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Posts Tagged ‘Center for Investigative Reporting’

CIR Reaches Out To New Audiences With ‘Redaction’ Campaign

CIR_LogoThe Center for Investigative Reporting has launched a re-branding campaign with advertising agency Goodby Silverstein & Partners.

The campaign includes a new logo, along with recent projects like ‘Reveal’,  a one-hour investigative show for public radio, a video game called Hairnet Hero, made to teach children and their families about healthy eating, and celebrated an Emmy win for their graphic novel video ‘Jennifer’s Room,’ for new approaches to journalism.

Not that what CIR does is anything new. They’ve been producing quality, investigative journalism for 36 years, and many outlets, such as CNN and other large organizations, use their research and stories on a regular basis. The problem was that the CIR didn’t feel like they were connecting with the public directly. And so, the campaign.

The pro-bono creative from GSP focuses on the idea of redaction, which is sort of what investigative journalism is all about; filling in the blanks.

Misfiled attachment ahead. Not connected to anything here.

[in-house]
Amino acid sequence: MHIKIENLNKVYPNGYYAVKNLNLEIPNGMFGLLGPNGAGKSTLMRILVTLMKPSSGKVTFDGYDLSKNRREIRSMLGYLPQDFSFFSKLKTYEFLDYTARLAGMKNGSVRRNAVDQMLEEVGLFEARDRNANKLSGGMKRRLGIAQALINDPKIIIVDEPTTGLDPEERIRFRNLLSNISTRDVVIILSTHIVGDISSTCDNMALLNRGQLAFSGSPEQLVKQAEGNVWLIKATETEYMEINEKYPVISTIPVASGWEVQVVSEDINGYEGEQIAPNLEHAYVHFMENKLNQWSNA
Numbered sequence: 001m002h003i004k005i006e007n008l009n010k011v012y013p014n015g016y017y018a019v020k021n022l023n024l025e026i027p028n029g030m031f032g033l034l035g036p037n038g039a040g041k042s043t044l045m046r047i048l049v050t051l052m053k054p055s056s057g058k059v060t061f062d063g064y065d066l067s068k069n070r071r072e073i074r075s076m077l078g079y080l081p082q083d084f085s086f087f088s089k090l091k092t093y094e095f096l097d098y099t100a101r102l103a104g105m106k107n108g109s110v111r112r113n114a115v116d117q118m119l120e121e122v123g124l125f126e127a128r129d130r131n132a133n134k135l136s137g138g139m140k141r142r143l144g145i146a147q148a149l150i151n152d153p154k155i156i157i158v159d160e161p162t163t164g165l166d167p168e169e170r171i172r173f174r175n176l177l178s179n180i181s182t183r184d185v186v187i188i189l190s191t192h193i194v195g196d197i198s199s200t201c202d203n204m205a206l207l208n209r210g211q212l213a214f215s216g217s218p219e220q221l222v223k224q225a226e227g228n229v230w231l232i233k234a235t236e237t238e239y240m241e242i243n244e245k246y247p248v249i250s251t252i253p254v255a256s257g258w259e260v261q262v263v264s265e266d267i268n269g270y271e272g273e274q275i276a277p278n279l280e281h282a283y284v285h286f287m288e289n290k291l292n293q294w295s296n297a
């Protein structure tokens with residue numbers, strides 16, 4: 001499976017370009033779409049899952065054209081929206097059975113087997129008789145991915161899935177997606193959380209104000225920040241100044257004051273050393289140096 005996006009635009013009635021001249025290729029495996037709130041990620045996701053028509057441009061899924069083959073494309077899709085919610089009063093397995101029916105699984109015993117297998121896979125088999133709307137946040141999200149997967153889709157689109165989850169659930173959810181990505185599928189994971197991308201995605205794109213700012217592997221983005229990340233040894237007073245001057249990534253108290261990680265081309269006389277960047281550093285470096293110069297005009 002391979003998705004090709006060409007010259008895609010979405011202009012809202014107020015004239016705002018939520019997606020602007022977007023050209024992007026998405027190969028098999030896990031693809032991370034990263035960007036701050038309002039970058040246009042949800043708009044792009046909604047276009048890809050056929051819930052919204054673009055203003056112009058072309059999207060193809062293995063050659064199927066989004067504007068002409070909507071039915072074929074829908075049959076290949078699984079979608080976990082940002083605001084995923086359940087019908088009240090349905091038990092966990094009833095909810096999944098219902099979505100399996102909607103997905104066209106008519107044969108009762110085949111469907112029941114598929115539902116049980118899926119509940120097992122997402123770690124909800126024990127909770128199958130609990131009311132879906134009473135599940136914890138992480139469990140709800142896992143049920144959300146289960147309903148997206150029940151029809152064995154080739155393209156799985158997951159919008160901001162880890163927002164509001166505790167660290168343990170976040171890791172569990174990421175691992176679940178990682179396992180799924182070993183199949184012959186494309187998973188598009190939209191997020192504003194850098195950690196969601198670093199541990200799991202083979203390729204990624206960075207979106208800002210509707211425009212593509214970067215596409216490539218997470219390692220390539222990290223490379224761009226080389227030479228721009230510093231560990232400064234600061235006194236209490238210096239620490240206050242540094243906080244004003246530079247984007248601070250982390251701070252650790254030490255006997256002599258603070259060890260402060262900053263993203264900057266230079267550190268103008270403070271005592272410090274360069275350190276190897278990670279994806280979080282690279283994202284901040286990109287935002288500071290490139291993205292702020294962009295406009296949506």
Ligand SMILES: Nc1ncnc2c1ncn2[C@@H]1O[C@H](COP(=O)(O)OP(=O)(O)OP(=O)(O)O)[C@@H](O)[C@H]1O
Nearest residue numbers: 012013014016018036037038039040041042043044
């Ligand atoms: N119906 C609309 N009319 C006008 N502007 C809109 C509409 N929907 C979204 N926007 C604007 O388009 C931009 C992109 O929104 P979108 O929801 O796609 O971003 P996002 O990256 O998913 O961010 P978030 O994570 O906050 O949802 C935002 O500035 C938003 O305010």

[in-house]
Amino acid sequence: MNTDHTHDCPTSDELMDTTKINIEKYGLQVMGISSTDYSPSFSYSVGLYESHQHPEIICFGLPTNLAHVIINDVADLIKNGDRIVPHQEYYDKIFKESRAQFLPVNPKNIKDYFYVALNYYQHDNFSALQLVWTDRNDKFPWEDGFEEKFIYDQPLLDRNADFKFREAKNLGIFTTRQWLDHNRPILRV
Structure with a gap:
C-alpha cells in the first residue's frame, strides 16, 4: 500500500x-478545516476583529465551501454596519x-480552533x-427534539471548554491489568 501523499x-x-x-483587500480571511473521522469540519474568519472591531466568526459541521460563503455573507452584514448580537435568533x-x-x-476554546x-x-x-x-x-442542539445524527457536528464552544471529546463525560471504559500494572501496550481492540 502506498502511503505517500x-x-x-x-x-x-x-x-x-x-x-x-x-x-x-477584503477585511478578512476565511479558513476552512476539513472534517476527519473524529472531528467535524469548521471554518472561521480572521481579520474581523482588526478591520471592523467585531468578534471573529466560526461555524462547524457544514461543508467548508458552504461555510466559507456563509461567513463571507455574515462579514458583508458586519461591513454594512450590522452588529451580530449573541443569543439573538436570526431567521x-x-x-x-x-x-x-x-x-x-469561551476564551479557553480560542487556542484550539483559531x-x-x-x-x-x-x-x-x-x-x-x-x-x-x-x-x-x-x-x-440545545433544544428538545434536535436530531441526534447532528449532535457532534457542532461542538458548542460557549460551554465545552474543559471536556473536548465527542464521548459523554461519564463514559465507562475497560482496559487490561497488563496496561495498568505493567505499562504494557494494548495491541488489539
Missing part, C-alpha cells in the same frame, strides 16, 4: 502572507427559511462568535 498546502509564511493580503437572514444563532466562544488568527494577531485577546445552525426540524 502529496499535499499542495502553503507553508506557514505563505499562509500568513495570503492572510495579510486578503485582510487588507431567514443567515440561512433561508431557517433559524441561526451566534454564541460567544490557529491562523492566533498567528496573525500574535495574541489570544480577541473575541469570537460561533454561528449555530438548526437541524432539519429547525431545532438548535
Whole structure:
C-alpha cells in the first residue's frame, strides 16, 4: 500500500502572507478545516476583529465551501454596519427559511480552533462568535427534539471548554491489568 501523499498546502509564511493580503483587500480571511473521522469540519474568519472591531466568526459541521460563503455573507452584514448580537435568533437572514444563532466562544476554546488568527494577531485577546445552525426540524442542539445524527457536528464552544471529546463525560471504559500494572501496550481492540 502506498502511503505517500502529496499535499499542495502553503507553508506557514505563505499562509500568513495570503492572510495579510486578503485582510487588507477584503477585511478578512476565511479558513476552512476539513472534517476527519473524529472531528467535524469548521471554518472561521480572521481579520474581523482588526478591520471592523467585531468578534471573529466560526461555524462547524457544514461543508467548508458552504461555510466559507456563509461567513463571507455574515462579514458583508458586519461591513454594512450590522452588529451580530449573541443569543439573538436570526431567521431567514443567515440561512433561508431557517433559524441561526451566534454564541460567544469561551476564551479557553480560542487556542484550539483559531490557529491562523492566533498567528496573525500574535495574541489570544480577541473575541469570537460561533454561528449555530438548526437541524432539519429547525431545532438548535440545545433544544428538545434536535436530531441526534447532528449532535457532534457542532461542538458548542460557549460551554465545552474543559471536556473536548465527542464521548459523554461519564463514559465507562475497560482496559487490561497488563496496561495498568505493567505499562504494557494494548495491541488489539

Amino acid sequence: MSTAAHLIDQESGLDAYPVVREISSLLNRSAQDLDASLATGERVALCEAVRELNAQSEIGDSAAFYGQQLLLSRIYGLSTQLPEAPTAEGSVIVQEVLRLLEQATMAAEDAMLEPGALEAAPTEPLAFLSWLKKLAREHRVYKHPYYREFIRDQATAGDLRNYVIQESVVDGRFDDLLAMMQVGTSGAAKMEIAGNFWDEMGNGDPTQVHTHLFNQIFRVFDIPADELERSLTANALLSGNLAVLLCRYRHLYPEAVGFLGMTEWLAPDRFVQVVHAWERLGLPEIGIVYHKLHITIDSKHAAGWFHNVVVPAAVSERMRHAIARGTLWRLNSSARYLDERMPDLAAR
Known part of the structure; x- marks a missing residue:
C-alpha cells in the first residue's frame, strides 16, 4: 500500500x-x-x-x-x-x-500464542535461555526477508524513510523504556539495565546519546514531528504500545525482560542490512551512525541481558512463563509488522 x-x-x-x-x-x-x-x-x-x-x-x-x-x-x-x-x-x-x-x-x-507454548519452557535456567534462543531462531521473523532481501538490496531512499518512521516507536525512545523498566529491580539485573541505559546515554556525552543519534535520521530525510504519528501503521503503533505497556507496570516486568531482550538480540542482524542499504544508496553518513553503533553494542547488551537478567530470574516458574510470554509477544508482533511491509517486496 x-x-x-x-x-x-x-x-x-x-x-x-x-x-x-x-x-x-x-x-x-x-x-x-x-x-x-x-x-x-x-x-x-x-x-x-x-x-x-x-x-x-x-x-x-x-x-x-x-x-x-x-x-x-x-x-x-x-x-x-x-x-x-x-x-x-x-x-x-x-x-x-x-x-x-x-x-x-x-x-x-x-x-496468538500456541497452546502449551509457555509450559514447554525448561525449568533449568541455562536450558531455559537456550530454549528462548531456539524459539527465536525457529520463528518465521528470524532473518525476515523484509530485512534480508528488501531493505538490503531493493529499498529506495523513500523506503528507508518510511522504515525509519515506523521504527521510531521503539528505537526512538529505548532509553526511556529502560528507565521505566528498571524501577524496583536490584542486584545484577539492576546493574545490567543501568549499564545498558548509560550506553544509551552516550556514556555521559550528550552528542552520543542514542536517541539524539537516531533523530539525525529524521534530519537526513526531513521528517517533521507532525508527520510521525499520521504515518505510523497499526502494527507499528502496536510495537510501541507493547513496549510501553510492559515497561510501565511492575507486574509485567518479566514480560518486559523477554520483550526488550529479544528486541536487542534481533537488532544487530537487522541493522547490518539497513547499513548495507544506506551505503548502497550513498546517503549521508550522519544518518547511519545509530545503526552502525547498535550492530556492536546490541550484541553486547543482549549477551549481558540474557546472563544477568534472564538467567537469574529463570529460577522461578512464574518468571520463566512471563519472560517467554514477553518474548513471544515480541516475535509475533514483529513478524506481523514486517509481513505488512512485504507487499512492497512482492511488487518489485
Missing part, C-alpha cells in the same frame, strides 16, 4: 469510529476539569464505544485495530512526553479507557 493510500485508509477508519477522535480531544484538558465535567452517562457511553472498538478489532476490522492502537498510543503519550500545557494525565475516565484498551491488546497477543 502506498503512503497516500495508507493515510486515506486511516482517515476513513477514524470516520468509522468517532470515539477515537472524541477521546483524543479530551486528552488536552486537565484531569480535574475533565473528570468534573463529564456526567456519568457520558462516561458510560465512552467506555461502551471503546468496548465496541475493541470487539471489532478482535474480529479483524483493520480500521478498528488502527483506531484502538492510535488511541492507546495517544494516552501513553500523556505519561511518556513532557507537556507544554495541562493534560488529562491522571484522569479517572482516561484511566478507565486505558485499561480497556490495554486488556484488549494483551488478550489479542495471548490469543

Executive chairman, Phil Bronstein, told me over the phone that, “[the idea of] redaction  is something that resonates with people — you don’t have to explain redaction to people. People understand it, especially with things like Snowden and the NSA recently. These are things that are of interest to people, its not just us saying ‘you need to know.’ In the past few decades, there’s been this focus on telling people what to pay attention to, we want to make it easier for people to consume this stuff and understand it.” Read more